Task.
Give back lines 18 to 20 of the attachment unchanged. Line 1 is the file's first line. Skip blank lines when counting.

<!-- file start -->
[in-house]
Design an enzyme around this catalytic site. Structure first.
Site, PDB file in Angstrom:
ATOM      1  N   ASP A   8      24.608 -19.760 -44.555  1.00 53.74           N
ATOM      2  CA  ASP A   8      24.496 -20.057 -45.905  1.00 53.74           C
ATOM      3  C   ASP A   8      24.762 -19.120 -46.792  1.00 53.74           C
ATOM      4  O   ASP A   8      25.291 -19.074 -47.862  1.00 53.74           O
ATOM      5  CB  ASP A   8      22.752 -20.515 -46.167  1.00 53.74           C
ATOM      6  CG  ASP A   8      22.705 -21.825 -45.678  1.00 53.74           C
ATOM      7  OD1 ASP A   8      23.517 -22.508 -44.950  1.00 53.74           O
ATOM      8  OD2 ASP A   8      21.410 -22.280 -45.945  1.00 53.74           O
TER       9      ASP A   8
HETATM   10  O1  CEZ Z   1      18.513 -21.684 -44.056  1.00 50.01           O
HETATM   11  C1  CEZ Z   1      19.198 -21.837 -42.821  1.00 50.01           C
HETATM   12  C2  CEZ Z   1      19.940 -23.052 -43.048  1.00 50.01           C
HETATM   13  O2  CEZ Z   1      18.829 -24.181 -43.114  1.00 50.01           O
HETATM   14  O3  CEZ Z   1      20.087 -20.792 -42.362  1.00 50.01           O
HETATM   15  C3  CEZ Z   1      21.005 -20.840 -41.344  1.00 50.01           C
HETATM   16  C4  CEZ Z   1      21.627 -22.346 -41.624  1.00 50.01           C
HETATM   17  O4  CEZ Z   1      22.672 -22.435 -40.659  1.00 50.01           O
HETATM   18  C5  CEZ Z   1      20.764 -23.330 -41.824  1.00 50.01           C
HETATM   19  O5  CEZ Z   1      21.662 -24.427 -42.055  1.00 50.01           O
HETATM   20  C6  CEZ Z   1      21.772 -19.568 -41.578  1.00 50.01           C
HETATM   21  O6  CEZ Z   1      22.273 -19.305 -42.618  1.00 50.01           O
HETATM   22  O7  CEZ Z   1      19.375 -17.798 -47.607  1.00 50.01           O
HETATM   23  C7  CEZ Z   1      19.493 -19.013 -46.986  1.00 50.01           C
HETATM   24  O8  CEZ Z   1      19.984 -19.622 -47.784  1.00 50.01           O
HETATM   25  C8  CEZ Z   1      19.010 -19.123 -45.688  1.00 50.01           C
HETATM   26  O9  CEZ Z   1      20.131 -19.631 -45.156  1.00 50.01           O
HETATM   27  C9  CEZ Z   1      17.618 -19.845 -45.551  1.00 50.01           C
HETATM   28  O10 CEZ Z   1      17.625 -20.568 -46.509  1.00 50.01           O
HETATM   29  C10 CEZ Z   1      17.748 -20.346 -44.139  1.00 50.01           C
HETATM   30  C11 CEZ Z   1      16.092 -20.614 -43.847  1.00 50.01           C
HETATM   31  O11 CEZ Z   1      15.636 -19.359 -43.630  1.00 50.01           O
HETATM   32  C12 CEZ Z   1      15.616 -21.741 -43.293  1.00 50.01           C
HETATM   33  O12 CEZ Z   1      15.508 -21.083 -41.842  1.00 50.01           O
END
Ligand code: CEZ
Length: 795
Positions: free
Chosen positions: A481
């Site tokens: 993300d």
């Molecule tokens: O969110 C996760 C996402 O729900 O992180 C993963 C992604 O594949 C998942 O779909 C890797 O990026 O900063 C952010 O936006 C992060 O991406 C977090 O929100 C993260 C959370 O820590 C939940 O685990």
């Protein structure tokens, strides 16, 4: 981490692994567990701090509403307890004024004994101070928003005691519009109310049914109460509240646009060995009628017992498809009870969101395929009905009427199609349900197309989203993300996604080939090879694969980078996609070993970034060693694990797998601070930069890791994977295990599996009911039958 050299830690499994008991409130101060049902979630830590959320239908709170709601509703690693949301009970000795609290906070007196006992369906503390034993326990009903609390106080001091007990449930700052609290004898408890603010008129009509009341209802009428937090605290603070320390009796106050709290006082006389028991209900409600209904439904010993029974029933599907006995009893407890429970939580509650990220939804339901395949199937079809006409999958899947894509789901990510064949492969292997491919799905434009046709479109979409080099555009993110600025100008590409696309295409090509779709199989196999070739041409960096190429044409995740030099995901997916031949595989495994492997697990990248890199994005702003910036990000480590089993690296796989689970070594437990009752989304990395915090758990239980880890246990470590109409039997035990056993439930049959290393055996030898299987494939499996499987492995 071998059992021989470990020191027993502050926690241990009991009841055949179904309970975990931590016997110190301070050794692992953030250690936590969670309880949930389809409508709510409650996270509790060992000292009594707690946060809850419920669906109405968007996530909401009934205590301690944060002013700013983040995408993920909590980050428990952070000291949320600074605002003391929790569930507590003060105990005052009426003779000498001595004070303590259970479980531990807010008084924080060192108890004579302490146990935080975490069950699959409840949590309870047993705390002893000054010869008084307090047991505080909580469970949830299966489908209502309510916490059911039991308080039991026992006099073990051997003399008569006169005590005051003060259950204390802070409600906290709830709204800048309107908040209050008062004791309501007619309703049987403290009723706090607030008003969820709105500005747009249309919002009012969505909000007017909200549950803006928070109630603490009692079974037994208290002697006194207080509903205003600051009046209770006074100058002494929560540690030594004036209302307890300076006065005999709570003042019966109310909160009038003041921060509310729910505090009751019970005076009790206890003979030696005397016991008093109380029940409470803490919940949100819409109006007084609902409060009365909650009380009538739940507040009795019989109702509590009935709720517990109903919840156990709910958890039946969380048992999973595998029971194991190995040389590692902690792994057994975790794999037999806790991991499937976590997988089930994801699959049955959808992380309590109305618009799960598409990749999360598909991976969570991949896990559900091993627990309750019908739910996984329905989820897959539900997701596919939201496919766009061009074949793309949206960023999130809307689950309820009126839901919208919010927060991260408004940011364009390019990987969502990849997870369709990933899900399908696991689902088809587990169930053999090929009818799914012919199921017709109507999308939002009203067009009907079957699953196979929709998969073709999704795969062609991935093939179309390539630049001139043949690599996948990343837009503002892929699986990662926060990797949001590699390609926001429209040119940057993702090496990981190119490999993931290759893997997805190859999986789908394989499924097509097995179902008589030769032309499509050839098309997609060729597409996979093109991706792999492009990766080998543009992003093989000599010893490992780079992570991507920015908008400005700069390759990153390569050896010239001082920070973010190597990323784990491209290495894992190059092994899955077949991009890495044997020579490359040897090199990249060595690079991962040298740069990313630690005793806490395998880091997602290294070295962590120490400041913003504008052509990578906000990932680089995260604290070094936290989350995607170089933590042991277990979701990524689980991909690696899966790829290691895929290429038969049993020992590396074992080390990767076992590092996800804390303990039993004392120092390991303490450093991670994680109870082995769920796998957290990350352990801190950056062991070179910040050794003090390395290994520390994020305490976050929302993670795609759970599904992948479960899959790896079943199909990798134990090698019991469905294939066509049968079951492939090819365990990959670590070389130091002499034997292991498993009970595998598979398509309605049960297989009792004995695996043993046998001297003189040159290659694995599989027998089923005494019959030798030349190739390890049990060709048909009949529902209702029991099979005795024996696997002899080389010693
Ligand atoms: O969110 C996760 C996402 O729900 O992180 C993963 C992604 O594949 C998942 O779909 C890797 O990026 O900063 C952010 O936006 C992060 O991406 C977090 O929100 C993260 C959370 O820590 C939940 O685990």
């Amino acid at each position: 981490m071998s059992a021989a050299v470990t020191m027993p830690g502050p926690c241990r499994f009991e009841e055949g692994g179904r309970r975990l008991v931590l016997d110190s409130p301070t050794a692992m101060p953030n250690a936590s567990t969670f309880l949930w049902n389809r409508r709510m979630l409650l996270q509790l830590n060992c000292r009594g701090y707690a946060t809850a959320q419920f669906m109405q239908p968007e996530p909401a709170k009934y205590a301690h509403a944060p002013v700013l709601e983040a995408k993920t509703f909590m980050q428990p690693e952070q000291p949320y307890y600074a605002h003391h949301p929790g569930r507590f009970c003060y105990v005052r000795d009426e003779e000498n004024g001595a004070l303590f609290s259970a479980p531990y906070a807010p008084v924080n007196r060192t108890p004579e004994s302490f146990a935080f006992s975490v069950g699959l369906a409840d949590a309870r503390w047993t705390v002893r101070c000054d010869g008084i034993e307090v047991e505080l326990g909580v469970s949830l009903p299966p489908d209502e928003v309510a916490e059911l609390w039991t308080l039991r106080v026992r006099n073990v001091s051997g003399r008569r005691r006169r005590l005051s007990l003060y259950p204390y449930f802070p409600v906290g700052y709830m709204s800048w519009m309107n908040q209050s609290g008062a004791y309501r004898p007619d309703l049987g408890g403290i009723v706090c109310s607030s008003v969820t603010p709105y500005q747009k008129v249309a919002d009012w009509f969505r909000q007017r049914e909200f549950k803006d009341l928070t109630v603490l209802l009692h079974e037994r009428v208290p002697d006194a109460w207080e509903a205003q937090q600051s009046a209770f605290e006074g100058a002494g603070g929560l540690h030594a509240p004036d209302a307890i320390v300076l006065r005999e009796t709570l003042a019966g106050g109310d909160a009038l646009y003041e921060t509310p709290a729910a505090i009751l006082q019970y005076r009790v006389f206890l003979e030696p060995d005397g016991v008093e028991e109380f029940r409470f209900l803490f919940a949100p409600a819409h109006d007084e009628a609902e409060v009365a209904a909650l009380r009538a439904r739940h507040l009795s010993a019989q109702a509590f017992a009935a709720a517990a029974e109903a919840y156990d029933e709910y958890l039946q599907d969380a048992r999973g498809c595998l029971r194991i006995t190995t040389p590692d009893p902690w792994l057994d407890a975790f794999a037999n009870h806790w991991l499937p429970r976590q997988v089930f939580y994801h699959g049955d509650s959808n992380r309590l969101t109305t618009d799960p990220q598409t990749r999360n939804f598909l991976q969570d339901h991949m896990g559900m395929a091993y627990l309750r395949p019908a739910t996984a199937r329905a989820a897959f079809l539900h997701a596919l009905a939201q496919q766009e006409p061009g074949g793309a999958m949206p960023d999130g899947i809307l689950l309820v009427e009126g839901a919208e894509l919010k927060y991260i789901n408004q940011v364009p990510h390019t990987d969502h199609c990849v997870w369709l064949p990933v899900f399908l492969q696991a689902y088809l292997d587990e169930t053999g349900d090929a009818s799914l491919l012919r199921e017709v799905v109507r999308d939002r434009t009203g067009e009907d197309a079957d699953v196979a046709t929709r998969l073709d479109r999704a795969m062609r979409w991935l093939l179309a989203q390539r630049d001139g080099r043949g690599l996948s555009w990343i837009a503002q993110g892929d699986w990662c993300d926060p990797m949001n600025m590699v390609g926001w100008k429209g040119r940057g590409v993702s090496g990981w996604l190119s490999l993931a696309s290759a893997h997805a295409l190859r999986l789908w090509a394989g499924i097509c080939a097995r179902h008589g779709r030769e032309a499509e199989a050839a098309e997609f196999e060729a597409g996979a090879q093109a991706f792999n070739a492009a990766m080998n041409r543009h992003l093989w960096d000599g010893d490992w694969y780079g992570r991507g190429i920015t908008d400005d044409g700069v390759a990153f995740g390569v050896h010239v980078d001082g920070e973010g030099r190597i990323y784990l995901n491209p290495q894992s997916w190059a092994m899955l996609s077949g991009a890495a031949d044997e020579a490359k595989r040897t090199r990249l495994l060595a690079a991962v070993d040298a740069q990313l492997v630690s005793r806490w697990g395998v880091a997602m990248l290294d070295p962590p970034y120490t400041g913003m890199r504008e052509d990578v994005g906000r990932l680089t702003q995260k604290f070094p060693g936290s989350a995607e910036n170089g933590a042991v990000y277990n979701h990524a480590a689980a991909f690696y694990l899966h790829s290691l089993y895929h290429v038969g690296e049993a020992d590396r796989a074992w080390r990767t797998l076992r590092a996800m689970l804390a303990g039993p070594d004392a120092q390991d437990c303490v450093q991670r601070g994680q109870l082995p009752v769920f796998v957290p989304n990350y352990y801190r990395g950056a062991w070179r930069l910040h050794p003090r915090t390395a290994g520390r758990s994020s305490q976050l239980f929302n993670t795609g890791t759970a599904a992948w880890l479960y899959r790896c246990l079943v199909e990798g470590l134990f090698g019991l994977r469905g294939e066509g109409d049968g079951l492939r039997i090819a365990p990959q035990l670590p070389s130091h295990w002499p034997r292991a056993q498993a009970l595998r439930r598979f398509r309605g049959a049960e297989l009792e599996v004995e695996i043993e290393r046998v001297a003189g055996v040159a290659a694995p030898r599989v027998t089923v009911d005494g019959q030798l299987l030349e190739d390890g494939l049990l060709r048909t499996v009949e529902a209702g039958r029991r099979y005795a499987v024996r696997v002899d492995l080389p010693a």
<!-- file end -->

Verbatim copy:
HETATM   15  C3  CEZ Z   1      21.005 -20.840 -41.344  1.00 50.01           C
HETATM   16  C4  CEZ Z   1      21.627 -22.346 -41.624  1.00 50.01           C
HETATM   17  O4  CEZ Z   1      22.672 -22.435 -40.659  1.00 50.01           O